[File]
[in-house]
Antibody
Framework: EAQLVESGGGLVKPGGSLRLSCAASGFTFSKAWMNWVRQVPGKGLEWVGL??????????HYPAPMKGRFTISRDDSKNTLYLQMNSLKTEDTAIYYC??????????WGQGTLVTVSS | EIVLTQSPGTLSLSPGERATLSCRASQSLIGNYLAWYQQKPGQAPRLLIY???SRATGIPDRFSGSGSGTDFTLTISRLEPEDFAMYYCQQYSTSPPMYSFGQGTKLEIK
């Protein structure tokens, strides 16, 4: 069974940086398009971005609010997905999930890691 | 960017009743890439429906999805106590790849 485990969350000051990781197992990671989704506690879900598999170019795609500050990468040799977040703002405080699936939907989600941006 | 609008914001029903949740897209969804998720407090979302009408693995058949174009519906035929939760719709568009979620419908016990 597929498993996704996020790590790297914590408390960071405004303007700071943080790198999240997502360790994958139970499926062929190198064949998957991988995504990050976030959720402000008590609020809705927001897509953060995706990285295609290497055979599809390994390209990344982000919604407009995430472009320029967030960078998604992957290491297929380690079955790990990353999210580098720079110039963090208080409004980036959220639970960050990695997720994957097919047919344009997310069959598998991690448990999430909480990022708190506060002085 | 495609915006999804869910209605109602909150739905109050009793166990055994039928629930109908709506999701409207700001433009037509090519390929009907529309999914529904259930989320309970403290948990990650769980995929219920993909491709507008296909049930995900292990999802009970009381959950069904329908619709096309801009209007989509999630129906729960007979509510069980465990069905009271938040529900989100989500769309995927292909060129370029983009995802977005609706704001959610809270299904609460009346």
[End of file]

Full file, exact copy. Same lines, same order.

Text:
[in-house]
Antibody
Framework: EAQLVESGGGLVKPGGSLRLSCAASGFTFSKAWMNWVRQVPGKGLEWVGL??????????HYPAPMKGRFTISRDDSKNTLYLQMNSLKTEDTAIYYC??????????WGQGTLVTVSS | EIVLTQSPGTLSLSPGERATLSCRASQSLIGNYLAWYQQKPGQAPRLLIY???SRATGIPDRFSGSGSGTDFTLTISRLEPEDFAMYYCQQYSTSPPMYSFGQGTKLEIK
């Protein structure tokens, strides 16, 4: 069974940086398009971005609010997905999930890691 | 960017009743890439429906999805106590790849 485990969350000051990781197992990671989704506690879900598999170019795609500050990468040799977040703002405080699936939907989600941006 | 609008914001029903949740897209969804998720407090979302009408693995058949174009519906035929939760719709568009979620419908016990 597929498993996704996020790590790297914590408390960071405004303007700071943080790198999240997502360790994958139970499926062929190198064949998957991988995504990050976030959720402000008590609020809705927001897509953060995706990285295609290497055979599809390994390209990344982000919604407009995430472009320029967030960078998604992957290491297929380690079955790990990353999210580098720079110039963090208080409004980036959220639970960050990695997720994957097919047919344009997310069959598998991690448990999430909480990022708190506060002085 | 495609915006999804869910209605109602909150739905109050009793166990055994039928629930109908709506999701409207700001433009037509090519390929009907529309999914529904259930989320309970403290948990990650769980995929219920993909491709507008296909049930995900292990999802009970009381959950069904329908619709096309801009209007989509999630129906729960007979509510069980465990069905009271938040529900989100989500769309995927292909060129370029983009995802977005609706704001959610809270299904609460009346």